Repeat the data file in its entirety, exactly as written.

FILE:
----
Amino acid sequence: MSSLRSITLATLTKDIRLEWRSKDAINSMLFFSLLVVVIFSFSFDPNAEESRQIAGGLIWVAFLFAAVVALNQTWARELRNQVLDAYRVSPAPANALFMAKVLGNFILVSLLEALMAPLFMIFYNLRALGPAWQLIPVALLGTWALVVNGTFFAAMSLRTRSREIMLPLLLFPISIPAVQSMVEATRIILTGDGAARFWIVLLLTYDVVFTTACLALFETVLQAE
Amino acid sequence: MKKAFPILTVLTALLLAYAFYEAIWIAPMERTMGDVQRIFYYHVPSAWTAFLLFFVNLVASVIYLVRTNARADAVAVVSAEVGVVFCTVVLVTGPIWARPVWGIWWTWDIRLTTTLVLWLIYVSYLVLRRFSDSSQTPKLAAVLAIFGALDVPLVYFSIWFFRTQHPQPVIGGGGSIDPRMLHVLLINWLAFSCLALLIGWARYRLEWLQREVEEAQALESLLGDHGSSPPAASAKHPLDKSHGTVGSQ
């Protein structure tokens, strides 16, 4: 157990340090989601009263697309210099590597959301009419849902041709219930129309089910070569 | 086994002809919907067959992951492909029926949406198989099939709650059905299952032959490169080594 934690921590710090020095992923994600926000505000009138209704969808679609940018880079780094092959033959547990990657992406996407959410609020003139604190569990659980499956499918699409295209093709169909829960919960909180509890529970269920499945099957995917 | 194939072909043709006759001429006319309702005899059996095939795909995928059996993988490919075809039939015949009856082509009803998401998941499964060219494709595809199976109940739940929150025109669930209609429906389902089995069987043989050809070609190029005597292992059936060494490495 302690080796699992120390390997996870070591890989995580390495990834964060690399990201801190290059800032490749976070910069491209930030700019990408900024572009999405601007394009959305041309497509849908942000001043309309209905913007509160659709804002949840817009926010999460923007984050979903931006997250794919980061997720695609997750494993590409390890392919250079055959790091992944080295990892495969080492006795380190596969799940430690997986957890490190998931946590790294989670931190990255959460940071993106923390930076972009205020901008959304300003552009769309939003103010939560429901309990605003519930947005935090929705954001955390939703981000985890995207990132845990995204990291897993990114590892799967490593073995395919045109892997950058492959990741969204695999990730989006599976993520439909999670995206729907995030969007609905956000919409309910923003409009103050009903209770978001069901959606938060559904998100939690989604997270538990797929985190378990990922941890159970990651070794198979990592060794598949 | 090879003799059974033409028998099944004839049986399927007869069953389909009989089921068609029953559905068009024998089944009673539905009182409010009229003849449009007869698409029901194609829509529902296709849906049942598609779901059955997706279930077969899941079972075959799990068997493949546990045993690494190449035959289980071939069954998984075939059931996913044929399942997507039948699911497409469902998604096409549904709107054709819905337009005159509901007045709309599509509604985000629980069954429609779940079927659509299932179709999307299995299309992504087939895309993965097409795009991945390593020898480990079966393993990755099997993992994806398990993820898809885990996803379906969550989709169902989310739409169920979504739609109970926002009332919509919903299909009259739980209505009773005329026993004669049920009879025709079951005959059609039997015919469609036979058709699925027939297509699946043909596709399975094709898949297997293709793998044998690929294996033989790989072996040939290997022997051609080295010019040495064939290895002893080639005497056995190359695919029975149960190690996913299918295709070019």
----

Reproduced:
Amino acid sequence: MSSLRSITLATLTKDIRLEWRSKDAINSMLFFSLLVVVIFSFSFDPNAEESRQIAGGLIWVAFLFAAVVALNQTWARELRNQVLDAYRVSPAPANALFMAKVLGNFILVSLLEALMAPLFMIFYNLRALGPAWQLIPVALLGTWALVVNGTFFAAMSLRTRSREIMLPLLLFPISIPAVQSMVEATRIILTGDGAARFWIVLLLTYDVVFTTACLALFETVLQAE
Amino acid sequence: MKKAFPILTVLTALLLAYAFYEAIWIAPMERTMGDVQRIFYYHVPSAWTAFLLFFVNLVASVIYLVRTNARADAVAVVSAEVGVVFCTVVLVTGPIWARPVWGIWWTWDIRLTTTLVLWLIYVSYLVLRRFSDSSQTPKLAAVLAIFGALDVPLVYFSIWFFRTQHPQPVIGGGGSIDPRMLHVLLINWLAFSCLALLIGWARYRLEWLQREVEEAQALESLLGDHGSSPPAASAKHPLDKSHGTVGSQ
């Protein structure tokens, strides 16, 4: 157990340090989601009263697309210099590597959301009419849902041709219930129309089910070569 | 086994002809919907067959992951492909029926949406198989099939709650059905299952032959490169080594 934690921590710090020095992923994600926000505000009138209704969808679609940018880079780094092959033959547990990657992406996407959410609020003139604190569990659980499956499918699409295209093709169909829960919960909180509890529970269920499945099957995917 | 194939072909043709006759001429006319309702005899059996095939795909995928059996993988490919075809039939015949009856082509009803998401998941499964060219494709595809199976109940739940929150025109669930209609429906389902089995069987043989050809070609190029005597292992059936060494490495 302690080796699992120390390997996870070591890989995580390495990834964060690399990201801190290059800032490749976070910069491209930030700019990408900024572009999405601007394009959305041309497509849908942000001043309309209905913007509160659709804002949840817009926010999460923007984050979903931006997250794919980061997720695609997750494993590409390890392919250079055959790091992944080295990892495969080492006795380190596969799940430690997986957890490190998931946590790294989670931190990255959460940071993106923390930076972009205020901008959304300003552009769309939003103010939560429901309990605003519930947005935090929705954001955390939703981000985890995207990132845990995204990291897993990114590892799967490593073995395919045109892997950058492959990741969204695999990730989006599976993520439909999670995206729907995030969007609905956000919409309910923003409009103050009903209770978001069901959606938060559904998100939690989604997270538990797929985190378990990922941890159970990651070794198979990592060794598949 | 090879003799059974033409028998099944004839049986399927007869069953389909009989089921068609029953559905068009024998089944009673539905009182409010009229003849449009007869698409029901194609829509529902296709849906049942598609779901059955997706279930077969899941079972075959799990068997493949546990045993690494190449035959289980071939069954998984075939059931996913044929399942997507039948699911497409469902998604096409549904709107054709819905337009005159509901007045709309599509509604985000629980069954429609779940079927659509299932179709999307299995299309992504087939895309993965097409795009991945390593020898480990079966393993990755099997993992994806398990993820898809885990996803379906969550989709169902989310739409169920979504739609109970926002009332919509919903299909009259739980209505009773005329026993004669049920009879025709079951005959059609039997015919469609036979058709699925027939297509699946043909596709399975094709898949297997293709793998044998690929294996033989790989072996040939290997022997051609080295010019040495064939290895002893080639005497056995190359695919029975149960190690996913299918295709070019």